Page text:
Now today Emma stood in the parking lot at Stanley Park unloading tables and chairs from the shelter van for the Pet Walk when Jamie pulled up. He’d been such a rock for her when she found out about Andrew. It would have been so easy to fall apart, and she probably would have if it hadn’t been for Jamie.

He got out of Mick’s battered Chevy truck, looking way too good for this early in the morning, wearing one of the shirts he’d bought when they went shopping. As it happened her favorite, the tan-and-brown plaid that matched his coffee-colored eyes.

Before when he was dressed in khakis and a polo shirt, he’d looked… She searched for the right word. Restrained. Reserved. Almost as if he was apart from everyone and everything around him. Now a relaxed air surrounded him. He appeared at ease. Almost as if she was seeing the inner man for the first time. He looked as though he’d been here his entire life. As though he belonged.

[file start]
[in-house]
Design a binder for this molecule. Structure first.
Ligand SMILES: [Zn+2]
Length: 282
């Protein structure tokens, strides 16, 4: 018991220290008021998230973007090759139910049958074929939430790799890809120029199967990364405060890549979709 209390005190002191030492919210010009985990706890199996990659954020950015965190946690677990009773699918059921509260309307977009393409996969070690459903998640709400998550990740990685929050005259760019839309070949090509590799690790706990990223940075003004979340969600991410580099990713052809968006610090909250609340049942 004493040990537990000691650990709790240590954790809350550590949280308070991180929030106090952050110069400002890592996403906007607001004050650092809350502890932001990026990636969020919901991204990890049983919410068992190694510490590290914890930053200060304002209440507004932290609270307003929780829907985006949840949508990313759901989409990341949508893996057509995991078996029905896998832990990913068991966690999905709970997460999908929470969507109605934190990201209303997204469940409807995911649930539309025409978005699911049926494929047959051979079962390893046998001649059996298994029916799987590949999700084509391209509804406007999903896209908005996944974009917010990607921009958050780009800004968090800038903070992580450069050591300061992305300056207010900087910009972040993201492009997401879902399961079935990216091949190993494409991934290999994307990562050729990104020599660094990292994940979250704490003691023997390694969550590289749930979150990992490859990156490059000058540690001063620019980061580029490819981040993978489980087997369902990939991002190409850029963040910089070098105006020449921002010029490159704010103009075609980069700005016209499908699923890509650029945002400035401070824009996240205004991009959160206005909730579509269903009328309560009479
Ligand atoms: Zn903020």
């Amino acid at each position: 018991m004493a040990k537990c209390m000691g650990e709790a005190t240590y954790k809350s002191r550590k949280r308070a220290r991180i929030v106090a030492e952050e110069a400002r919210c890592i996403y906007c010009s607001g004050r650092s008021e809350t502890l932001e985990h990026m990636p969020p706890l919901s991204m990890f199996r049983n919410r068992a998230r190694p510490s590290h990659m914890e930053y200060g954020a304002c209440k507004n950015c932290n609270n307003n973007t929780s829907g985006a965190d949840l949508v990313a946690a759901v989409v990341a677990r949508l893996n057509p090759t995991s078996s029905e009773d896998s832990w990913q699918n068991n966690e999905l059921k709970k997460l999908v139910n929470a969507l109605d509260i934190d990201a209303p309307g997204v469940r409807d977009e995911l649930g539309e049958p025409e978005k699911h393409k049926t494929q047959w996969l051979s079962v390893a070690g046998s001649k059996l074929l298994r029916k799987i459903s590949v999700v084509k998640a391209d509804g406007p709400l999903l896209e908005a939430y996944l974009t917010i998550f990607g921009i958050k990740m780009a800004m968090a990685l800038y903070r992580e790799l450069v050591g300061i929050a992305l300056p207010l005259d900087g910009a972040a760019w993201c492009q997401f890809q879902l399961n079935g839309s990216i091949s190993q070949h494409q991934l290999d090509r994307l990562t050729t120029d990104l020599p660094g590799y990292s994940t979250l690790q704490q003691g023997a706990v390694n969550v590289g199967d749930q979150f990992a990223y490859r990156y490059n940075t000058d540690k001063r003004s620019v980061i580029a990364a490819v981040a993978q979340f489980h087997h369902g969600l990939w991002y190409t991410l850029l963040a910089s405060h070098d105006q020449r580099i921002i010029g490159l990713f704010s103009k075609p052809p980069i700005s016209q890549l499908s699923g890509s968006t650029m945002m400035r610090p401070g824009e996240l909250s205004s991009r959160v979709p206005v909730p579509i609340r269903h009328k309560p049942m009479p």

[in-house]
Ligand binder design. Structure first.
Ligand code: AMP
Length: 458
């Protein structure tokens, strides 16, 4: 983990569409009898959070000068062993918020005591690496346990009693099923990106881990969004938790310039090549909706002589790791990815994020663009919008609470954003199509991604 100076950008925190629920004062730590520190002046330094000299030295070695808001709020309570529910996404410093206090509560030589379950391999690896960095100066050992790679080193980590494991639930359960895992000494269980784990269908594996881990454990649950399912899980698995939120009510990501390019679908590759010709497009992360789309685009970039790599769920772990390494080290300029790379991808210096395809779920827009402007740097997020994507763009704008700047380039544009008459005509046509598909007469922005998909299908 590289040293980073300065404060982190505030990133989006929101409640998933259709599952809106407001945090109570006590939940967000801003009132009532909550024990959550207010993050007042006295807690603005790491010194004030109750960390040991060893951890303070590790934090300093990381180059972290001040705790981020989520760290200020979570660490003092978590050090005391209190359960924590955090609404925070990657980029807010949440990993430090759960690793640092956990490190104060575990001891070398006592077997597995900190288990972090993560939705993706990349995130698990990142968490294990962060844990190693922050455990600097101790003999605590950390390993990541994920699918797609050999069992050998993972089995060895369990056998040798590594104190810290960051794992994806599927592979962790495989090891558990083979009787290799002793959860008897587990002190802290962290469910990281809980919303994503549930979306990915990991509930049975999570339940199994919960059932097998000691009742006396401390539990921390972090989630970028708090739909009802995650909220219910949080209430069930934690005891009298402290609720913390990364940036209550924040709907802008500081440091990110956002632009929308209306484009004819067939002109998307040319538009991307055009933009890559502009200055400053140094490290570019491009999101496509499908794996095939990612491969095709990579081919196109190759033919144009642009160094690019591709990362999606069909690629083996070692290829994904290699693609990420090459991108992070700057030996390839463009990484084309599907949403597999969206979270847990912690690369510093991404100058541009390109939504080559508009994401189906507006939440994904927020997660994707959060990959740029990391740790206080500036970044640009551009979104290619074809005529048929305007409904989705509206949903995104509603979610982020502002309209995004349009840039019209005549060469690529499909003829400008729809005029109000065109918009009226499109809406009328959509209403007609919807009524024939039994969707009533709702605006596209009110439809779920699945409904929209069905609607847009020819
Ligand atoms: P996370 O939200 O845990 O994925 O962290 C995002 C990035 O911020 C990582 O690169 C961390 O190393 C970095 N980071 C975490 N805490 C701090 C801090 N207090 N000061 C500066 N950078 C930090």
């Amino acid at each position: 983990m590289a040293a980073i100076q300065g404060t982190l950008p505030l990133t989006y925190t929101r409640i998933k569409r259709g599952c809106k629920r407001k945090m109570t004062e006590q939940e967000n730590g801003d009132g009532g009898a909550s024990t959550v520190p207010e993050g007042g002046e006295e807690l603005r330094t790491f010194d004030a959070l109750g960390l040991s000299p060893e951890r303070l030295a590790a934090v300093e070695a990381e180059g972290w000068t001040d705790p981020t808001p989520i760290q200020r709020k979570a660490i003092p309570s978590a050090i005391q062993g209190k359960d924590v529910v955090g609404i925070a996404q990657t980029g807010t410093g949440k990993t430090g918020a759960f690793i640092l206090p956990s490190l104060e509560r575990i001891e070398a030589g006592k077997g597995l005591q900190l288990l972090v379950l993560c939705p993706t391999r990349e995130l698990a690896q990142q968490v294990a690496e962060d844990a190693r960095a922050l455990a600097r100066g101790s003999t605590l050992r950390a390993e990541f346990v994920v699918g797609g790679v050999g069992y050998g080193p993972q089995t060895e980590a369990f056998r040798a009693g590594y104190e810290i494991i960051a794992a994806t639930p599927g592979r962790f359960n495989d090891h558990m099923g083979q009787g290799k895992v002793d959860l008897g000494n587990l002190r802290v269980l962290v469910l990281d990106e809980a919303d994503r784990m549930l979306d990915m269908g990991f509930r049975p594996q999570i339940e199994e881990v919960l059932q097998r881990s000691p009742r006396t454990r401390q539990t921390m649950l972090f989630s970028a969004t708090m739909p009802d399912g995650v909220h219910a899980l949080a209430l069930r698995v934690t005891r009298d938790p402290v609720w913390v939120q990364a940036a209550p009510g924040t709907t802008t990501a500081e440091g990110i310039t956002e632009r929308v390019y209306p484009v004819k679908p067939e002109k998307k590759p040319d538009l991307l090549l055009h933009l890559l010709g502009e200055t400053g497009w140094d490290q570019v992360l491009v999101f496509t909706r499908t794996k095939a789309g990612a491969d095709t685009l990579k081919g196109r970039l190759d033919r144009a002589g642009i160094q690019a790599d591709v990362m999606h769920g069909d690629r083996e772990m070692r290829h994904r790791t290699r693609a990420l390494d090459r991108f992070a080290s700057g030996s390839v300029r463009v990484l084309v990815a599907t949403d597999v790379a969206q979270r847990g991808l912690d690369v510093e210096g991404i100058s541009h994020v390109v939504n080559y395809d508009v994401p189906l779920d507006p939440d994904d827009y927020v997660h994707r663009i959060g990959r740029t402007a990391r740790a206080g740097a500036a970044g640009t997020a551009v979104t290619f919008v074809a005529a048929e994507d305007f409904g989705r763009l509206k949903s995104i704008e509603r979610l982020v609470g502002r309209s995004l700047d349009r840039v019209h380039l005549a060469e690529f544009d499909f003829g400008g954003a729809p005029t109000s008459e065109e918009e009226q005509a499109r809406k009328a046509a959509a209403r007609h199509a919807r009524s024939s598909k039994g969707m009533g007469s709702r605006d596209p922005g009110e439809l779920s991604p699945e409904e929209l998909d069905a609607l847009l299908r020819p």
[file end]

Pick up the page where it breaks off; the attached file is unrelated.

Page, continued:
She nodded toward his feet. “Good-looking boots.”

“Do I pass muster?”

“You’ll do.”

 

Thanks for stopping by today. Leave a comment and be entered to win the plastic, light-up wineglass from my favorite winery Firelight and a copy of Home on the Ranch:  FamilyTies, perfect for an afternoon on the patio or by the pool.

 

 

 

Updated: May 30, 2018 — 8:14 am

Winnie’s Winner!!

Thanks to everyone who came out to talk crossword puzzles with me today – it was such fun to learn about so many fellow enthusiasts!

I tossed everyone’s names in the cyber hat and the name I pulled out was

SUSAN JOHNSON

Congratulations Susan!  You’ve won your choice of any book from my backlist. You can find a complete list on the Books page of my website. Once you’ve made your choice, yo can contact me via my website with the title and your mailing info and I’ll get the book right on out to you.

Updated: January 9, 2018 — 11:39 pm